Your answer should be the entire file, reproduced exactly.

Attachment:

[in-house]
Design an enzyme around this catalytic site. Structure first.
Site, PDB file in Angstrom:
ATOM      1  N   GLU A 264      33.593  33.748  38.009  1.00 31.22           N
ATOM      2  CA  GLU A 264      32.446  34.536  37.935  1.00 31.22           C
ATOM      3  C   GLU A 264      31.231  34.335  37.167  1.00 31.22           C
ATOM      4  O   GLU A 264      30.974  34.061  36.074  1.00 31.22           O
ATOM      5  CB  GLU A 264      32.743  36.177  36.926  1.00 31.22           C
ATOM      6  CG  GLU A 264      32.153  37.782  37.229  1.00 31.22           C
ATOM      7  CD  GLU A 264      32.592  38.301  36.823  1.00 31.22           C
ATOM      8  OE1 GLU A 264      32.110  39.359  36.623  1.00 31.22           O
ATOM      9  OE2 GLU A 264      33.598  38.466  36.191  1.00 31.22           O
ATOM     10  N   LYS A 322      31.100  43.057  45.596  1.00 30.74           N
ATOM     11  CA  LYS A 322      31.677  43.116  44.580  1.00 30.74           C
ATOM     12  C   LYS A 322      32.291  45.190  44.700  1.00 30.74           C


[in-house]
Design an enzyme around this catalytic site. Structure first.
Site, PDB file in Angstrom:
ATOM      1  N   GLU A 264      33.593  33.748  38.009  1.00 31.22           N
ATOM      2  CA  GLU A 264      32.446  34.536  37.935  1.00 31.22           C
ATOM      3  C   GLU A 264      31.231  34.335  37.167  1.00 31.22           C
ATOM      4  O   GLU A 264      30.974  34.061  36.074  1.00 31.22           O
ATOM      5  CB  GLU A 264      32.743  36.177  36.926  1.00 31.22           C
ATOM      6  CG  GLU A 264      32.153  37.782  37.229  1.00 31.22           C
ATOM      7  CD  GLU A 264      32.592  38.301  36.823  1.00 31.22           C
ATOM      8  OE1 GLU A 264      32.110  39.359  36.623  1.00 31.22           O
ATOM      9  OE2 GLU A 264      33.598  38.466  36.191  1.00 31.22           O
ATOM     10  N   LYS A 322      31.100  43.057  45.596  1.00 30.74           N
ATOM     11  CA  LYS A 322      31.677  43.116  44.580  1.00 30.74           C
ATOM     12  C   LYS A 322      32.291  45.190  44.700  1.00 30.74           C